In an apparent world-first, both women in a same-sex couple have a biological connection to their son after each carried the same embryo during different phases of an in vitro fertilization (IVF) attempt. As strange as it may sound, achieving this unique family dynamic required only a slight modification to an established IVF process and led to a healthy, normal birth.
The proud mothers are Ashleigh and Bliss Coulter, a married couple from northern Texas. The medical experts behind the breakthrough are husband-and-wife fertility doctors Kathy and Kevin Doody of the CARE Fertility clinic. Speaking to ABC affiliate WFAA, the Coulters explained that even though they planned to use eggs harvested from Bliss and to implant the fertilized embryos into Ashleigh, they still hoped to find a way for Bliss to feel she had helped carry the baby.
Thankfully for them, a special procedure that could make this desire a reality was approved by the FDA in 2015. It had simply never been used for this purpose before. Known as “effortless IVF”, the procedure involves retrieving mature egg follicles and placing them inside a small, flexible device – the INVOcell, developed by the medical device company INVO Biosciences – alongside the father/donor sperm. The INVOcell is then placed inside the vagina of the mother-to-be for several days, during which time the embryo will hopefully form and begin developing within. The device is then extracted, and the embryo is transferred to the uterus.
In traditional IVF, eggs harvested from either the mother or a donor (then called 'reciprocal' IVF) are mixed with sperm and incubated in a laboratory environment carefully designed to mimic the conditions inside the fallopian tube, where fertilization and the first few days of pre-implantation development would naturally occur. Effortless IVF works off the principle that the temperature, pH, and gas concentrations necessary for stable incubation are also present in the vagina, and thus costly, complex laboratory equipment is not needed. In a pre-approval trial (which was conducted at CARE Fertility), the effortless INVOcell system led to pregnancy rates equivalent to those of standard IVF at about half the cost per cycle.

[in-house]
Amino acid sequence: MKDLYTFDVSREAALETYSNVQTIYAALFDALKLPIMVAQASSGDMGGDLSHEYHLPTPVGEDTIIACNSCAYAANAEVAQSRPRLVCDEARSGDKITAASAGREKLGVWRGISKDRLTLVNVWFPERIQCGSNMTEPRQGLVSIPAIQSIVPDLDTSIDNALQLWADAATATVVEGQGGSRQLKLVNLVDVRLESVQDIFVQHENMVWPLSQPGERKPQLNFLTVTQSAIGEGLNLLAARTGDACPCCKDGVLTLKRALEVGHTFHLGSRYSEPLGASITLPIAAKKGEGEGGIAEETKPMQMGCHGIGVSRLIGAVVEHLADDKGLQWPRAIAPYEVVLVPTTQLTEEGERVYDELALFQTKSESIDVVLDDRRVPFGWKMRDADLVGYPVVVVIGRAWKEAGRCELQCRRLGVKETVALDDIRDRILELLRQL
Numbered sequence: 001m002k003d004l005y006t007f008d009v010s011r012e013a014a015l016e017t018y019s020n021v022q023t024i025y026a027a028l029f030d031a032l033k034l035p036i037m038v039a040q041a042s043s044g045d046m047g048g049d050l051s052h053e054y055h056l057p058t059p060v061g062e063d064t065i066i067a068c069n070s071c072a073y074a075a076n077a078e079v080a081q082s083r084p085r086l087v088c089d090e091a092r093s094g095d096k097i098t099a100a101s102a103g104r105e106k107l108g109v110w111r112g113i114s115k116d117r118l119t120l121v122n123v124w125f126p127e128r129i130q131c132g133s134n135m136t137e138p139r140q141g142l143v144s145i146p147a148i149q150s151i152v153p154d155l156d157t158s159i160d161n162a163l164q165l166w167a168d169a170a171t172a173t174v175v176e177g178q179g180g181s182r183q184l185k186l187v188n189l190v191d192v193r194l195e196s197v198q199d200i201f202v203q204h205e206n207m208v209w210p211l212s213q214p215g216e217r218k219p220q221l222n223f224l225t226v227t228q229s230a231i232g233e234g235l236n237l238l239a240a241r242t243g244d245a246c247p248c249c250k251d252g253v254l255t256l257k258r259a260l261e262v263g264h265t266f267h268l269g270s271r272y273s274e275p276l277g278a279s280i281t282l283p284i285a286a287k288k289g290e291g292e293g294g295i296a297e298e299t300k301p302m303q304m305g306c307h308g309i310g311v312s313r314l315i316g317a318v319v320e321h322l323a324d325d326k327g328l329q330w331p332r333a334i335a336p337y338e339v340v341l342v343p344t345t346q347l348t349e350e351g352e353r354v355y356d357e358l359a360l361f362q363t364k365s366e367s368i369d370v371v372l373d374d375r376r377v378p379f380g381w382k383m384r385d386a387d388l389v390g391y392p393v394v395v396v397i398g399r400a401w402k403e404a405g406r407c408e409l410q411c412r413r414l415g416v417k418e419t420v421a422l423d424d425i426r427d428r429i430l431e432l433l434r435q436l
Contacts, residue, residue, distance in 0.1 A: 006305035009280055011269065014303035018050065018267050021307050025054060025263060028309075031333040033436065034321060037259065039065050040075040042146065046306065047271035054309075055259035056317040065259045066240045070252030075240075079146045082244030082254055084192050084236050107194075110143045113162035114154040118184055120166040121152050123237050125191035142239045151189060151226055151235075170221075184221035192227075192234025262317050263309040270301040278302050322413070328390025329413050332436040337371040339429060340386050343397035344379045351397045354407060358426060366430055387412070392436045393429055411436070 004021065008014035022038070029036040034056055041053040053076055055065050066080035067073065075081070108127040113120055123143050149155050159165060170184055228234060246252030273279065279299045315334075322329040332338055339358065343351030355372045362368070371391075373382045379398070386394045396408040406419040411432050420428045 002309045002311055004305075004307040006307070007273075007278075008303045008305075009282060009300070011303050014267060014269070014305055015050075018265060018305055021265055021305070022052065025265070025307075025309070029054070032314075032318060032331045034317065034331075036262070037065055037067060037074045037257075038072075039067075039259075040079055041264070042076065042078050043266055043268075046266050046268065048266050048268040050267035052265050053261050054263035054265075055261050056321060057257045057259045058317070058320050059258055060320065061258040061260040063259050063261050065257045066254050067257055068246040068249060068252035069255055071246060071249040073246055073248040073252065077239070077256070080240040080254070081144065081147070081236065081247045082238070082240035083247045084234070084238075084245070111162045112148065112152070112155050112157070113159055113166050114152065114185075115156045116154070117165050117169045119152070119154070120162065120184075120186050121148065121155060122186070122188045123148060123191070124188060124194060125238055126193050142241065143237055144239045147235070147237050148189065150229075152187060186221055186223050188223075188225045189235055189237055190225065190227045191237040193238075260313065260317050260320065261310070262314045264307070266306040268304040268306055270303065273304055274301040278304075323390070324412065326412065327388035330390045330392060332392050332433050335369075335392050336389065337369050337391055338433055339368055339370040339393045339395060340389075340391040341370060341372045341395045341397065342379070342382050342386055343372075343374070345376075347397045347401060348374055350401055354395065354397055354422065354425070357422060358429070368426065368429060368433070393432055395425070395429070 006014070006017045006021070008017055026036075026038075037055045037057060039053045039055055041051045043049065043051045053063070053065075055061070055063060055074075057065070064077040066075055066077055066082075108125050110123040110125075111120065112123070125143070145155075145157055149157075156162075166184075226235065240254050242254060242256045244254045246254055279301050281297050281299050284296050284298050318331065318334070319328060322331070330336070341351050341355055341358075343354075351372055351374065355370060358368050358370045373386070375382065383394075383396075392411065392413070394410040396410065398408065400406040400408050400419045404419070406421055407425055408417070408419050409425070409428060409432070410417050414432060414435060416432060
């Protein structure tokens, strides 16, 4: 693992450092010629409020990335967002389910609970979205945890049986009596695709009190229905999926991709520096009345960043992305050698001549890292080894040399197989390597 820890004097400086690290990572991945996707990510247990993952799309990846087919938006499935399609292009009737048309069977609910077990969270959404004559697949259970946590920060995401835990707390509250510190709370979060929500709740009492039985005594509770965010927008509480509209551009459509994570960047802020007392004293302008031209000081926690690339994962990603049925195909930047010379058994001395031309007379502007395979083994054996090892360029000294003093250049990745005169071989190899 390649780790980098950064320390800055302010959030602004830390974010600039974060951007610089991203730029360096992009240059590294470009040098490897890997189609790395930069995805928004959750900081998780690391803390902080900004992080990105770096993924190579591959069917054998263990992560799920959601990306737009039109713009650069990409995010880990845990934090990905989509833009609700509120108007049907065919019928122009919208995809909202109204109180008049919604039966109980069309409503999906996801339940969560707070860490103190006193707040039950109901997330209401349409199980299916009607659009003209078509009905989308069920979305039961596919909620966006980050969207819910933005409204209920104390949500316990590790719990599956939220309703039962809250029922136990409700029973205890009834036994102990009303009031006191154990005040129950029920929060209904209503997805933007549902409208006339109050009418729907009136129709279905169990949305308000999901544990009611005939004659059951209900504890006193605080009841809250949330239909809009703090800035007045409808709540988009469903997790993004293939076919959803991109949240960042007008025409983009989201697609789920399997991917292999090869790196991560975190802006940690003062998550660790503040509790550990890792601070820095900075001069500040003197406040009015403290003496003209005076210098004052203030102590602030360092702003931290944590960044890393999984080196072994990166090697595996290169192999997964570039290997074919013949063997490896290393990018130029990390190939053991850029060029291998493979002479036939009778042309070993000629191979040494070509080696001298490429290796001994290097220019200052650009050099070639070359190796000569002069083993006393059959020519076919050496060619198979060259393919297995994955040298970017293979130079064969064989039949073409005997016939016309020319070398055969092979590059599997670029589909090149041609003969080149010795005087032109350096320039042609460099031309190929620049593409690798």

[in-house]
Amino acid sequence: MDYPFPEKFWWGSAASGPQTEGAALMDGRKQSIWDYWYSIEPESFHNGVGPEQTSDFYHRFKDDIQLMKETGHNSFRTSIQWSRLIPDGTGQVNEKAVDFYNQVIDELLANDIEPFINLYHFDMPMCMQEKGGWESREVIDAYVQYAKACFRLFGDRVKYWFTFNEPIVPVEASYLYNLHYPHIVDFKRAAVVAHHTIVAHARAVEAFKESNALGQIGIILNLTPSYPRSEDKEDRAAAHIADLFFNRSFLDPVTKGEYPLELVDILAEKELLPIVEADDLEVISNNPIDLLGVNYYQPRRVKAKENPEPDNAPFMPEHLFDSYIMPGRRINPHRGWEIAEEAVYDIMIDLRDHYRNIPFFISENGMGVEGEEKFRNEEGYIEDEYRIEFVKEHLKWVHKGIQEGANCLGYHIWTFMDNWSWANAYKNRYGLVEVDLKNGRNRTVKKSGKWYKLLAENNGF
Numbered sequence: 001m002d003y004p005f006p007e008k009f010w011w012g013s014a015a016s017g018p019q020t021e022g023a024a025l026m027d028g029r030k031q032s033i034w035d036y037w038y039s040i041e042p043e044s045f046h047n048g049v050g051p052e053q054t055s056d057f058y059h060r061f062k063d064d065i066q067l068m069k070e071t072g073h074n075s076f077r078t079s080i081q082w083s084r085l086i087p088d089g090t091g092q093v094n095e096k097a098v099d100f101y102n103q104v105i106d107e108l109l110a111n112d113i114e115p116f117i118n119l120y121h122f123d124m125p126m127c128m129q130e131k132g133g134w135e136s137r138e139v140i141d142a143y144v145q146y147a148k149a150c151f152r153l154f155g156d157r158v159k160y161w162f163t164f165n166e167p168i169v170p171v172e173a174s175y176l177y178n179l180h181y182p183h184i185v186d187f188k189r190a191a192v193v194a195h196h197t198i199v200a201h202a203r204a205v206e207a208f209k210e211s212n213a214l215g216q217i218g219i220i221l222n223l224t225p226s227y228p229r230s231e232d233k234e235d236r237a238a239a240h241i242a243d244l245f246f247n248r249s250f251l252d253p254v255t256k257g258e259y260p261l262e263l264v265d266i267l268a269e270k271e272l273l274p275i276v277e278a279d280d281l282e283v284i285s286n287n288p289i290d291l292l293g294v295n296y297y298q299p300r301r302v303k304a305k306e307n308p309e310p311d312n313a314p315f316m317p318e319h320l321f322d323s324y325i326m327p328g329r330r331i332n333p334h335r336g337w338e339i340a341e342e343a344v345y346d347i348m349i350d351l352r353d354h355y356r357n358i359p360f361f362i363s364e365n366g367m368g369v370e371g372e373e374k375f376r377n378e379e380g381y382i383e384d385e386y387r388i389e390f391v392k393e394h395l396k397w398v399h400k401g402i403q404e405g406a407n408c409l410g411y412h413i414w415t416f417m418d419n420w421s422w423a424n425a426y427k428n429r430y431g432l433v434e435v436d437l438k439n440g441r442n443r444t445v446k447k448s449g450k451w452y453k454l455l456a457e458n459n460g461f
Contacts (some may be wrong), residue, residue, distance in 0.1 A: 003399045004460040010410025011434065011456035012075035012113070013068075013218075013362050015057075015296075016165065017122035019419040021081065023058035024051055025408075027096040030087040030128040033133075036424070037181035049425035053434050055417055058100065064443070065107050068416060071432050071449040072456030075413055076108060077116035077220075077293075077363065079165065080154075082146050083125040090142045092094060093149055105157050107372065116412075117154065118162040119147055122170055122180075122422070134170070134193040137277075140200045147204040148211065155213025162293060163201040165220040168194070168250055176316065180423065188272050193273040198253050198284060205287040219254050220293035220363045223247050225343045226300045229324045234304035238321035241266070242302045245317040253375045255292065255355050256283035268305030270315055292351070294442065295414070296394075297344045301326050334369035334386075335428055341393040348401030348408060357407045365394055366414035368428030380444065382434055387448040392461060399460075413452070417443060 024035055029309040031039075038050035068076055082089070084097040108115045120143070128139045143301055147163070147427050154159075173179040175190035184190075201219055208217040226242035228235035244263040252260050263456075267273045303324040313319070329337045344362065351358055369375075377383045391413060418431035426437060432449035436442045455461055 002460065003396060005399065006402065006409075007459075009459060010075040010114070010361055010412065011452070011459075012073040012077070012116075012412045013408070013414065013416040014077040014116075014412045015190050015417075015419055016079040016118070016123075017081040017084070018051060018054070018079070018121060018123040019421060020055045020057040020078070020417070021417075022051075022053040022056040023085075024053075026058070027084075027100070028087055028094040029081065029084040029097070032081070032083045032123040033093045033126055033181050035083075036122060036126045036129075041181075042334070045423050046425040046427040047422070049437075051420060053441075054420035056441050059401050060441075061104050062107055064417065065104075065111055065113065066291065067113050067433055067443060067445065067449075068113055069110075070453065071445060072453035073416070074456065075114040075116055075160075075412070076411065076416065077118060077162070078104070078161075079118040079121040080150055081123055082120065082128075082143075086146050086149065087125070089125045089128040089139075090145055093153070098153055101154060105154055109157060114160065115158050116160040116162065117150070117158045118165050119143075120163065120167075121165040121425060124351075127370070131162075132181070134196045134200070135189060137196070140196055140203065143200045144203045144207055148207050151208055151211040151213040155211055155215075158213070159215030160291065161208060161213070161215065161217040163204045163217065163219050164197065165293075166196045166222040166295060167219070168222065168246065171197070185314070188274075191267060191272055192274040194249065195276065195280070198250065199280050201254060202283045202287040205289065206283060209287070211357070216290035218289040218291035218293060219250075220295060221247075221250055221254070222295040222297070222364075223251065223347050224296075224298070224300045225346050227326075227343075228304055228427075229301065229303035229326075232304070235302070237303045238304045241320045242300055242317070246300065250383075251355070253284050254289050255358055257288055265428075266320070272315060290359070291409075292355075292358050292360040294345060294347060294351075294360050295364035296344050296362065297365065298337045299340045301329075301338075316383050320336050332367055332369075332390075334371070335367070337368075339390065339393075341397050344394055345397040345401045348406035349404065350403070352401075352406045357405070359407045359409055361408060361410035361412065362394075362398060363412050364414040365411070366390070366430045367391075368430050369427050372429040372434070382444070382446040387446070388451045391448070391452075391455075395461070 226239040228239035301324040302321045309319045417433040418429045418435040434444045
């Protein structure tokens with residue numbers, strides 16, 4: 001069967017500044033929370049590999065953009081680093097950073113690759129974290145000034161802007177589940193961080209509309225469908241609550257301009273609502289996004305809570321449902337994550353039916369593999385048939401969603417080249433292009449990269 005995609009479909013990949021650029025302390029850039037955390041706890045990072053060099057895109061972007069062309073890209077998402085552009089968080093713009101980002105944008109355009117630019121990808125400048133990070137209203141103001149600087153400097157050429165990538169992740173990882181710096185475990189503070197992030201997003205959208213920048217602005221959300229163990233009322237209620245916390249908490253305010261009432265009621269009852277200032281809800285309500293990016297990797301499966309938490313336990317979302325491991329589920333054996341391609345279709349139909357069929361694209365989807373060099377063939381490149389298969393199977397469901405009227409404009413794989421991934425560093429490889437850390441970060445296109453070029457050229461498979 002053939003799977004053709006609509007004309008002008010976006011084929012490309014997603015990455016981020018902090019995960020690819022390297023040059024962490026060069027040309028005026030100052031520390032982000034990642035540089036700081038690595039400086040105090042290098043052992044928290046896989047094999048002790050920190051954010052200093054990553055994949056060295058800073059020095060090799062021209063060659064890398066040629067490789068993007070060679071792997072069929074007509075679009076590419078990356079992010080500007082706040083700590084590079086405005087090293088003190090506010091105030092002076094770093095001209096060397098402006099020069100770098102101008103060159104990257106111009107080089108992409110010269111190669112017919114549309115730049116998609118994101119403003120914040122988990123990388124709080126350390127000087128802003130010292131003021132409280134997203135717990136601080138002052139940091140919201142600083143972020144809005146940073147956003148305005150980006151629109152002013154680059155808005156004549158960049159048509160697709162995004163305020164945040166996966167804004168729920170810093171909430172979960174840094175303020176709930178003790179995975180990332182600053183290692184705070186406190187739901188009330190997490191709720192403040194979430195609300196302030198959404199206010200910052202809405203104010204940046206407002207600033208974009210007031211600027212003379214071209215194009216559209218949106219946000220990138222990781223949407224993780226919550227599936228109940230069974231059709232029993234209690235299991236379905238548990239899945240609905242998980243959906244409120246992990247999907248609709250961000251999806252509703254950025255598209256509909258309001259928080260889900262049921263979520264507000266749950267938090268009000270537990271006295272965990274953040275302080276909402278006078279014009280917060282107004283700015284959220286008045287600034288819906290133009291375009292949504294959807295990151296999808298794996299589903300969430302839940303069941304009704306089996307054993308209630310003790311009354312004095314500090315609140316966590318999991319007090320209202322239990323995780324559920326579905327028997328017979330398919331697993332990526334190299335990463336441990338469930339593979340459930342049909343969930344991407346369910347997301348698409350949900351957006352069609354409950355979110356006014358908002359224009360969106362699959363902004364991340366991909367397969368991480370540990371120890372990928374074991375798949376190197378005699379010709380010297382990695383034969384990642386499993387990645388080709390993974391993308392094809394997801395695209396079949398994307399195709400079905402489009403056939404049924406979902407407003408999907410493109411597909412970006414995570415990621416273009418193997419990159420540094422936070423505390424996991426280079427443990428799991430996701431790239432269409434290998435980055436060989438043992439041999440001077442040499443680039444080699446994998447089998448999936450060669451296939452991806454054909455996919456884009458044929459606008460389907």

Currently, the expenses associated with one round of IVF runs $16,000 to $20,000. whereas effortless IVF costs about $8,000.
When Bliss and Ashleigh came in for reproductive assistance, the Drs Kathy and Kevin Doody saw no risk in carrying out the INVOcell incubation phase inside Bliss before her embryo was placed in Ashleigh.
“[It was like] passing the baton, like it's a relay race," Dr Kathy Doody told WFAA. “Nobody really knew it was possible—but it worked magnificently.”
The Coulters are now the only family to have completed reciprocal effortless IVF.
"She got to carry him for five days and was a big part of the fertilization, and then I carried him for nine months," added Ashleigh. "So that made it really special for the both of us—that we were both involved. She got to be a part of it, and I got to be a part of it."